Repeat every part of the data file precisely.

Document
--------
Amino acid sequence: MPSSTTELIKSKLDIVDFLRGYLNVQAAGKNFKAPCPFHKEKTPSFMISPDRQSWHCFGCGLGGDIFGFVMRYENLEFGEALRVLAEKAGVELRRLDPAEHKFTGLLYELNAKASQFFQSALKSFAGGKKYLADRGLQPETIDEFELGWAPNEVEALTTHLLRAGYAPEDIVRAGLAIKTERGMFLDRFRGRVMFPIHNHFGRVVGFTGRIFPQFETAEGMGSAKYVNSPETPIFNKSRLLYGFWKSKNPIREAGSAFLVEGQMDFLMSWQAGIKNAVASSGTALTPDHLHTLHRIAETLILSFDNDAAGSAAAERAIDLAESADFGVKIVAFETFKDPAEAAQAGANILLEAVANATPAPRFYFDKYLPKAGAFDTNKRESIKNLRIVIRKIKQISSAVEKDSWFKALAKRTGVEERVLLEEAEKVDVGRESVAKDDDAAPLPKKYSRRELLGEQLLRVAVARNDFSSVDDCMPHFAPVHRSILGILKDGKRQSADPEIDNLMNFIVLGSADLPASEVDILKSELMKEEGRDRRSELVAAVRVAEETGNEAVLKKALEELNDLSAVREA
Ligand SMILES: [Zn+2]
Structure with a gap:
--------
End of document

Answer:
Amino acid sequence: MPSSTTELIKSKLDIVDFLRGYLNVQAAGKNFKAPCPFHKEKTPSFMISPDRQSWHCFGCGLGGDIFGFVMRYENLEFGEALRVLAEKAGVELRRLDPAEHKFTGLLYELNAKASQFFQSALKSFAGGKKYLADRGLQPETIDEFELGWAPNEVEALTTHLLRAGYAPEDIVRAGLAIKTERGMFLDRFRGRVMFPIHNHFGRVVGFTGRIFPQFETAEGMGSAKYVNSPETPIFNKSRLLYGFWKSKNPIREAGSAFLVEGQMDFLMSWQAGIKNAVASSGTALTPDHLHTLHRIAETLILSFDNDAAGSAAAERAIDLAESADFGVKIVAFETFKDPAEAAQAGANILLEAVANATPAPRFYFDKYLPKAGAFDTNKRESIKNLRIVIRKIKQISSAVEKDSWFKALAKRTGVEERVLLEEAEKVDVGRESVAKDDDAAPLPKKYSRRELLGEQLLRVAVARNDFSSVDDCMPHFAPVHRSILGILKDGKRQSADPEIDNLMNFIVLGSADLPASEVDILKSELMKEEGRDRRSELVAAVRVAEETGNEAVLKKALEELNDLSAVREA
Ligand SMILES: [Zn+2]
Structure with a gap: